Half-Empty vs. Barely Noticed: Boston Papers' Treatments of Obama Appearances Starkly Contrast
The Boston Herald's Hillary Chabot described the attendance at one of the events (HT Jules Crittenden, who is a Herald editor, via Instapundit) as "barely half-full with 125 deep-pocketed Democrats" in the second paragraph of her report ("President Obama: ‘Tough race’ ahead for Gov. Deval Patrick").
Meanwhile, at the Boston Globe ("Obama blows in, talks up Patrick and future"), staff reporter Matt Viser saved an observation that "the events appeared to not be fully booked" for the end of his fifth paragraph. The "events" were "a reception and a larger ballroom gathering." Somehow, if Fenway Park had 20,000 - 25,000 on hand for a Red Sox game (Fenway's capacity is 37,400, and every Red Sox game has been sold out for over six years), I doubt that Globe sports reporter Bob Ryan would describe it as "not fully attended."
Here are the first several paragraphs from each report. First, from the Herald:
Plagued by his own plummeting polls and playing to empty seats at a high-roller Hub fund-raiser, President Obama acknowledged yesterday that his close friend and political alter ego Gov. Deval Patrick faces a rough road to re-election.
“There really should be no doubt that this guy gets a second term. But let’s be honest. This is going to be a tough race,” Obama told a room barely half-full with 125 deep-pocketed Democrats who ponied up $6,000 for Patrick and the party. “Re-election is not a foregone conclusion because times are tough.”
Reflecting those hard times, the swanky Westin Copley Place ballroom - where the subsequent $500-a-head fund-raiser was held - was “about two-thirds full,” with about 400 people attending, according to press pool reports.
Despite the dismal box office, Patrick shouted to attendees, “You fired up? Ready to go?"
Now, to the Globe:
President Obama, on a whirlwind visit to Boston yesterday, linked Governor Deval Patrick’s political fate to the fate of the nation, telling Patrick supporters at a downtown fund-raiser that the governor had made the kind of hard choices the country needs to make to put itself on a stronger course.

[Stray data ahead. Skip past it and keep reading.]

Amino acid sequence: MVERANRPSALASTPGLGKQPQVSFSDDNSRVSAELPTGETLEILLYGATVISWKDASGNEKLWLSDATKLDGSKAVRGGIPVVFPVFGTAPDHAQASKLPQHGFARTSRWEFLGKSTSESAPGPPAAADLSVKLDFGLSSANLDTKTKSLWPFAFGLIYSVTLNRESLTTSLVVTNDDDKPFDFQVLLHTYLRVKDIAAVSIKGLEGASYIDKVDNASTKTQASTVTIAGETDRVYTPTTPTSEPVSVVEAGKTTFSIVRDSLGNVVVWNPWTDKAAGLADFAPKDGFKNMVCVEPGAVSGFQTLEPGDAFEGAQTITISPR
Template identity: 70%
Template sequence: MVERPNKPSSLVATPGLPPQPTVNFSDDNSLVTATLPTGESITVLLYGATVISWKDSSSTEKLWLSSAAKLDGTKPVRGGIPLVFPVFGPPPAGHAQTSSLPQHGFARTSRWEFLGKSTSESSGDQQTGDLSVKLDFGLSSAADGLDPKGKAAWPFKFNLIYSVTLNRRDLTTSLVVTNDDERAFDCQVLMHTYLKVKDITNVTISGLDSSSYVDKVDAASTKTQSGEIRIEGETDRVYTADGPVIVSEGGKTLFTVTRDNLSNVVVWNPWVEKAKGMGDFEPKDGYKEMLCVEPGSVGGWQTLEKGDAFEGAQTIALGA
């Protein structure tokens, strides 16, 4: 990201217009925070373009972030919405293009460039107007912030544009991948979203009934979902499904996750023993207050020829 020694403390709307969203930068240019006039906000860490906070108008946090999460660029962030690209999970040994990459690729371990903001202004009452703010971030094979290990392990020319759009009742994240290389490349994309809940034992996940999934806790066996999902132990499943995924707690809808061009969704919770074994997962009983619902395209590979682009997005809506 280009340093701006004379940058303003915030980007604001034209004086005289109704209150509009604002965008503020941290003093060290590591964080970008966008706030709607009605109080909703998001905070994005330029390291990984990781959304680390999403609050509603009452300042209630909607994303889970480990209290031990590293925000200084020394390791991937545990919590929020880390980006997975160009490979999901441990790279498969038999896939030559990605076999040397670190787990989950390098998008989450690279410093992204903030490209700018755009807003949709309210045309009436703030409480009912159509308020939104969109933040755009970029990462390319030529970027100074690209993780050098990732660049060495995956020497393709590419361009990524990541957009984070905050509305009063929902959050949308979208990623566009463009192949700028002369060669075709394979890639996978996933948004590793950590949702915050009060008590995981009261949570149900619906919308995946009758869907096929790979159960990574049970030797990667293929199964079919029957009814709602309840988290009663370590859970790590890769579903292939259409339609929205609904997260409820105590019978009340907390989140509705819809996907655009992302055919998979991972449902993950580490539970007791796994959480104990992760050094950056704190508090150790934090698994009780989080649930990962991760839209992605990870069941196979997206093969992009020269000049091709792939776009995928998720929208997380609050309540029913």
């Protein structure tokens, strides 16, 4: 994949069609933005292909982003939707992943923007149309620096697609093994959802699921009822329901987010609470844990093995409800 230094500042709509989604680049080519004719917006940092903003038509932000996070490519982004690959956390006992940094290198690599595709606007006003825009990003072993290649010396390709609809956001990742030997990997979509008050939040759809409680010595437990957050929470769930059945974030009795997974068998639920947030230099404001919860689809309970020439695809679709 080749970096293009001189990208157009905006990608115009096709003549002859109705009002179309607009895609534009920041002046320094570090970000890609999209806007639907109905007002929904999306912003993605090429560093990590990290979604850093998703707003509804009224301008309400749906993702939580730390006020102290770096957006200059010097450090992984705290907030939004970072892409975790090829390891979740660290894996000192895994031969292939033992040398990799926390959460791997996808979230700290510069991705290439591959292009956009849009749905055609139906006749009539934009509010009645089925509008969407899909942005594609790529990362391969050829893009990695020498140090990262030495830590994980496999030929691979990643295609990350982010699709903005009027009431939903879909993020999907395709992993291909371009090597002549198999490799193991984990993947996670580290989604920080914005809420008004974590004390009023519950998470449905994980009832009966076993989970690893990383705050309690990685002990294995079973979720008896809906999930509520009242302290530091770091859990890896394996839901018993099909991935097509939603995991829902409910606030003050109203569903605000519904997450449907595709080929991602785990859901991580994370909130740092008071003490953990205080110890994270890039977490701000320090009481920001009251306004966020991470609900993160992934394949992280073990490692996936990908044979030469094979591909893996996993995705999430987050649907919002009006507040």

Sweeping into town for the fund-raiser and to deliver a speech on clean energy at MIT, Obama said Patrick deserves credit for implementing near-universal health care, investing in education, and making the alternative energy and biotech industries a priority. If voters fail to recognize this hard work in next year’s state election, the president said, it will not bode well for the United States.
“When the people of states reward the courageous and hard-working governors like that, that has implications for our nation as a whole," Obama said at a 125-person reception at the Westin Copley Place.
Otherwise, Obama said, other political leaders will say “then maybe I shouldn’t, as a member of Congress or as a senator, take some chances and take some tough stands in pursuit of that same vision."
The fund-raiser, composed of the reception and a larger ballroom gathering, demonstrated one of Patrick’s advantages in what is expected to be a difficult reelection campaign: having the president of the United States, a close friend and political soul mate, shower him with praise and help him raise money. Patrick aides said the fund-raiser would bring in more than $600,000 for him, running mate Lieutenant Governor Timothy Murray, and the Massachusetts Democratic Party - although the events appeared to not be fully booked.
“There’s not a tougher time to be governor than right now," Obama said.
Several audience members shouted out, “Or President!"
Crittenden's blog post also notes the variation in the treatment of protests that occurred outside the events.
On a separate note, the Washington Post's Ceci Connolly made a unique and important observation on Friday about the president's proposal for state-controlled health care:
The "Massachusetts experiment" is state-run CommonwealthCare, also referred to as RomneyCare because it was originally championed by then-alleged Republican Bay State Governor Mitt Romney.
Although he has traveled to New England often and speaks about health care virtually every week, Obama has not held a single event focused on the Massachusetts experiment.
Obama hasn't been touting the Massachusetts system, despite the fact that Patrick, the beneficiary of Obama's fund-raising efforts last night, has gone out of his way to praise it. Patrick even wrote a recent Wall Street Journal op-ed calling CommonwealthCare/RomneyCare "a health reform model" for the nation.
The President knows better. If the Massachusetts system's cost explosion and inevitable rendezvous with serious rationing were more widely known, it would hurt rather than help Obama's pet statist cause. Thus, it's best for him to keep the Bay State's "grand experiment" under wraps.
Image was obtained from Governor Patrick's web site.
Cross-posted at BizzyBlog.com.